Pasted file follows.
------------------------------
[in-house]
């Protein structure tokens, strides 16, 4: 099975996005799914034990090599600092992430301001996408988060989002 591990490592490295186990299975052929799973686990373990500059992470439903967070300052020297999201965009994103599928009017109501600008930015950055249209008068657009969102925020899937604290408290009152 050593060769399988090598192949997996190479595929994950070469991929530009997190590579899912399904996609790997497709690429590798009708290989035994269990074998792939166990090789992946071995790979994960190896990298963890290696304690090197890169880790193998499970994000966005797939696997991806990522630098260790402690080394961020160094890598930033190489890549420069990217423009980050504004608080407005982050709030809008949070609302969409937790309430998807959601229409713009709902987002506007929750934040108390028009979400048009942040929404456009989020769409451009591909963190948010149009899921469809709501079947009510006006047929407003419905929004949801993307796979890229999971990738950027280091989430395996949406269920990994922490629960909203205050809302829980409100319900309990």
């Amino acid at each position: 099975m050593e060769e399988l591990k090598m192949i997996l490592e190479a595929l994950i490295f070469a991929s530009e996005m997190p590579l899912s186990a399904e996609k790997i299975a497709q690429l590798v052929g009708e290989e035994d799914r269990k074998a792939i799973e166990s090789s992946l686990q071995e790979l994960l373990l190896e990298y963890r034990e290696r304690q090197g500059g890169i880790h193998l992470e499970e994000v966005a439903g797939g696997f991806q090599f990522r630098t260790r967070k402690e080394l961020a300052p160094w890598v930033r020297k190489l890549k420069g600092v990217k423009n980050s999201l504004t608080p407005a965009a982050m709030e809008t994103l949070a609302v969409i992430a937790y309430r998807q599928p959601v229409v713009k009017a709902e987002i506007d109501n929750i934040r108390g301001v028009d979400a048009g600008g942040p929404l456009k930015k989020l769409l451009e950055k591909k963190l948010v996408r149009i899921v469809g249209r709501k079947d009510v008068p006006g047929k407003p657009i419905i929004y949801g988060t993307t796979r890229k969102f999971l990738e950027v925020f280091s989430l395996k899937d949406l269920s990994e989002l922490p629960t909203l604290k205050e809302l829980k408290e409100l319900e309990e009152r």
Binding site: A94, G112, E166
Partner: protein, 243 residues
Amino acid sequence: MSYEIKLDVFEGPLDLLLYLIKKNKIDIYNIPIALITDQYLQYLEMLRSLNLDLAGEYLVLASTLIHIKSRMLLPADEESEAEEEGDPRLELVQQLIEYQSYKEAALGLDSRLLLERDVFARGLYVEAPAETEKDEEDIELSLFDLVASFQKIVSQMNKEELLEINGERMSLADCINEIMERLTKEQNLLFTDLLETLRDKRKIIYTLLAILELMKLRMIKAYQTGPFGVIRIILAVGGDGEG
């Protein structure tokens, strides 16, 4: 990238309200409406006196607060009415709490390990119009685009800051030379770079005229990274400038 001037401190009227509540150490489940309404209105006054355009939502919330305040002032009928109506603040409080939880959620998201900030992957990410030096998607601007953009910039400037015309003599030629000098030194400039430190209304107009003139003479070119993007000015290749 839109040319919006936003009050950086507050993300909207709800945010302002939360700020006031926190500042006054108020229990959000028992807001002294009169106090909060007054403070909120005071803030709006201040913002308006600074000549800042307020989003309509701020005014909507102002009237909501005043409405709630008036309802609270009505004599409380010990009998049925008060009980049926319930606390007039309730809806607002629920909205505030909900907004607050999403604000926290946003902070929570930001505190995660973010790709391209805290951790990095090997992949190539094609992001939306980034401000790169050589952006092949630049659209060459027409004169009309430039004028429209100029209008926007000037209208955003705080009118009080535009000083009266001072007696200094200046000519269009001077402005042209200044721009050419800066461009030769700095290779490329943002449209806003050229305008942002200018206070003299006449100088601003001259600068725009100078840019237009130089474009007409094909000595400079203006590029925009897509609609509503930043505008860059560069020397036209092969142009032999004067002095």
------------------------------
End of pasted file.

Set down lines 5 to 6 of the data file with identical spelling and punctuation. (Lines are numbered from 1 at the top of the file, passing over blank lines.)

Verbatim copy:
Partner: protein, 243 residues
Amino acid sequence: MSYEIKLDVFEGPLDLLLYLIKKNKIDIYNIPIALITDQYLQYLEMLRSLNLDLAGEYLVLASTLIHIKSRMLLPADEESEAEEEGDPRLELVQQLIEYQSYKEAALGLDSRLLLERDVFARGLYVEAPAETEKDEEDIELSLFDLVASFQKIVSQMNKEELLEINGERMSLADCINEIMERLTKEQNLLFTDLLETLRDKRKIIYTLLAILELMKLRMIKAYQTGPFGVIRIILAVGGDGEG